Michael Lee Firkins is a guitar virtuoso that not many would want to match licks with. The group that he has put together for this album is certainly a perfect union. Together they have taken some classic pieces, plus one original, and transformed them into new vibrant presentations that are once again timeless masterpieces to be treasured. "Still Alive and Well," a Rick Derringer cover, is superbly laced with a tight rhythm section and well-crafted lead guitar riffs. The vocals are powerful and add strength to the piece in this dimension. The full rich tone will certainly appeal to fans of hot and heavy rock & roll. On "Manic Depression," a Jimi Hendrix cover, for the first time on the album one has the chance to examine the lead guitar virtuoso, Michael Lee Firkins, at his finest. Jimi Hendrix would certainly be pleased to hear his piece, kicked up a notch and spiced with some expressive phrases that show that this guitarist is most certainly experienced. The drum work by Trevor Thornton displays ingenuity with some creative fills that form a steadfast foundation for Firkins to expand from. "I Need You," a Lynyrd Skynyrd cover, really allows Sonny Reece to present his amazing vocals and lyrical expression. The Southern rock sound with a blues foundation proves to be an unbelievable formula for this group of musicians. Sonny Reece's voice is similar in range and style to Ronnie Van Zant's and is complimented by the guitar accents that Firkins has laid out for the track. The tightness of the whole entourage makes for a pleasant audio experience of a classic rock tune. Always a favorite jazz piece, "Pink Panther," a Henry Mancini cover, comes off with a truly amazing presence through the creative genius of Firkins. He uses different electronic guitar nuances to intensify the multiple transitions he incorporates in his original improvisational phrases. He takes this classic piece and makes it a very new, unique, and entertaining work of art. "I Know a Little," a Lynyrd Skynyrd cover authored by the guitarist Steve Gaines, has certainly not lost any of its vibrance with the smoking fretwork that Firkins brings to the piece. The harmony guitar tracks are engineering masterpieces, as well as being some of the finest guitar picking in the music business. Sonny Reece again compliments the presentation with a ace performance. The bass guitar work from Neil G. Ives and drumming from Trevor Thornton keep the piece together with a stranglehold. The group of musicians have breathed a new life into yet another classic rock piece. "The Window," the only original piece on the album, more than adequately displays that Firkins can write, as well as play, some creative rock & roll. "The Window" layers some great acoustic guitar playing placed delicately with some prolific electric lead guitar phrases. Only guitars were used in the composition of the entire piece's rich tonal quality, which would not have had a more pleasant sound with complete orchestration. Michael Lee Firkins certainly proves that not "everything" has been done that can be done with an electric guitar. He takes some classic pieces and reinvents them into new pieces that can be enjoyed once again. The creative genius in this guitarist will amaze even the most educated guitarist, but can still be enjoyed by the person who is ready to examine how an expert craftsman works his magic.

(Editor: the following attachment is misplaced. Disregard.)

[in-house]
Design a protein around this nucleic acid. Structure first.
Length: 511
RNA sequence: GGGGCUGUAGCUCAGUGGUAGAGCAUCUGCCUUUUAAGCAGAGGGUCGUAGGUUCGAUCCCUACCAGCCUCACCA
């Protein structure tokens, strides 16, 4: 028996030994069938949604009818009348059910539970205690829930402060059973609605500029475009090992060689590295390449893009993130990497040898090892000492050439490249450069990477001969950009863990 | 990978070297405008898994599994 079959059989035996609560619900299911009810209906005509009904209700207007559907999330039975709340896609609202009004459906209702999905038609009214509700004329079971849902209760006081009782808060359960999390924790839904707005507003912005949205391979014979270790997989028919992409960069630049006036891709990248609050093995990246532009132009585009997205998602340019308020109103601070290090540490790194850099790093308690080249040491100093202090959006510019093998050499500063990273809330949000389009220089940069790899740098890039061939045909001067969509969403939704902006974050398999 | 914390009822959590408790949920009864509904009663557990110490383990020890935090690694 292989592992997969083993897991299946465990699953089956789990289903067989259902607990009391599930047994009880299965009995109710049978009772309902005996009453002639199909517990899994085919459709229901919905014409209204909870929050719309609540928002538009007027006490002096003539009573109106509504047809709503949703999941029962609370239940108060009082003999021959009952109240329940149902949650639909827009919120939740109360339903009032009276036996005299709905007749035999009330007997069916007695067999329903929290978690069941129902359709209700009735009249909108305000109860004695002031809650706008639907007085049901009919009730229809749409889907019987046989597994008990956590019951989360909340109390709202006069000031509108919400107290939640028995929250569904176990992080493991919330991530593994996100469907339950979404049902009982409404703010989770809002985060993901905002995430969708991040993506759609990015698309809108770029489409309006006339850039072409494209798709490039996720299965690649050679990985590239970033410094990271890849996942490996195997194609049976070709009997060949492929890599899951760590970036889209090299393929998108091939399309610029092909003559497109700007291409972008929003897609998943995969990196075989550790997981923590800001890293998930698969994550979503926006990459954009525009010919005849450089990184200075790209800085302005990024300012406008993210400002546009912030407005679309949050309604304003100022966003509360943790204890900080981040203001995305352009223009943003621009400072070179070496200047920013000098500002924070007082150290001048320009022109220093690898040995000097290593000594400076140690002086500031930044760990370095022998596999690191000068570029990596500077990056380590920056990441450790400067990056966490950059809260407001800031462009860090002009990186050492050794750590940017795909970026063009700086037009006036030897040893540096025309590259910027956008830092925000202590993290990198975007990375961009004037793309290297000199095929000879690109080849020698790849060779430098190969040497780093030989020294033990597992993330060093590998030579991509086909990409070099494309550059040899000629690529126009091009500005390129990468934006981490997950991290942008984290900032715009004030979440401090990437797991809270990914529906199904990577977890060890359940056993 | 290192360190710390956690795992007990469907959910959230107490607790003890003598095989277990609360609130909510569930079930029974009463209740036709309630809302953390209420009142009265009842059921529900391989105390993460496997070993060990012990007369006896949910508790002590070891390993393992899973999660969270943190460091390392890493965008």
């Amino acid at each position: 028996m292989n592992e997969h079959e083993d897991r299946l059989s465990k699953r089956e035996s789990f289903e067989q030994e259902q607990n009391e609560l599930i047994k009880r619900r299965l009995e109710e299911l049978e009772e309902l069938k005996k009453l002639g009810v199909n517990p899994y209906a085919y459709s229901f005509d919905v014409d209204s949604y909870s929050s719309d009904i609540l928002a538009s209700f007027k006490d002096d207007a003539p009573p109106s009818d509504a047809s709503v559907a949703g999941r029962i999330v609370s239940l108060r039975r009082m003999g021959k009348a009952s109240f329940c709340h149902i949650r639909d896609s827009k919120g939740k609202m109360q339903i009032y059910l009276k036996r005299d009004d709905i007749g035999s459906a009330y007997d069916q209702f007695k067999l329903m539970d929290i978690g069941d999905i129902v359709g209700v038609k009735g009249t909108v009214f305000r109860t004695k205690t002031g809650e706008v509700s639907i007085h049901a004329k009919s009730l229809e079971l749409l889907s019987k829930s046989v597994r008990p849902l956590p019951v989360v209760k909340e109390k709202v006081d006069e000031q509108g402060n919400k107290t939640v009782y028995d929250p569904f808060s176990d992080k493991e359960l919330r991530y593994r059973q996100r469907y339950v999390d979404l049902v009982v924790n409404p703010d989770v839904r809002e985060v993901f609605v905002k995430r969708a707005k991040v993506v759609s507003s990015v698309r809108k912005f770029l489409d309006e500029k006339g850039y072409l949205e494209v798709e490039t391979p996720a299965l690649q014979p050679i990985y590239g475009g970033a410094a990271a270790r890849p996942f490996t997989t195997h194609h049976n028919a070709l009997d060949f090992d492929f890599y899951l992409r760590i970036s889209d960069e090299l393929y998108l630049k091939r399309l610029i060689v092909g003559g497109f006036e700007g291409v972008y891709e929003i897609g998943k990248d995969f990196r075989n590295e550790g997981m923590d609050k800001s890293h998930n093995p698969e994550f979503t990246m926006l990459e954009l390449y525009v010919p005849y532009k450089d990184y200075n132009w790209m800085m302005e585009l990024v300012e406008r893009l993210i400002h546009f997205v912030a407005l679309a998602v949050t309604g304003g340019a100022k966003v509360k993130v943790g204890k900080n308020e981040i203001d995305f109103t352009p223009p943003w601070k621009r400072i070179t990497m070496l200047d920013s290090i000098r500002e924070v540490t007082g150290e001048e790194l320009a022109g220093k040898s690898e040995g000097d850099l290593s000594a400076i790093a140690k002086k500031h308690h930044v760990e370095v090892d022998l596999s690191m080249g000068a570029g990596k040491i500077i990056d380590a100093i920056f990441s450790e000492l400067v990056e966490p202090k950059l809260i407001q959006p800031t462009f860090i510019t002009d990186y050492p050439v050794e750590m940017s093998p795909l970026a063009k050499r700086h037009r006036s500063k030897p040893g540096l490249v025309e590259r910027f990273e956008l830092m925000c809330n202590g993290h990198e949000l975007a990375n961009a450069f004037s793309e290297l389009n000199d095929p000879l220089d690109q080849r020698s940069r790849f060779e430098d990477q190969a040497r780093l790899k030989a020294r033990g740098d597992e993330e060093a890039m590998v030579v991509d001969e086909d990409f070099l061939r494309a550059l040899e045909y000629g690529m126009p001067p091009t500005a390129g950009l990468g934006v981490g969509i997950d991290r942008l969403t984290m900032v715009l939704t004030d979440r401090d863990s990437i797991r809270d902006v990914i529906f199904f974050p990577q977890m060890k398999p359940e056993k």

All Music Guide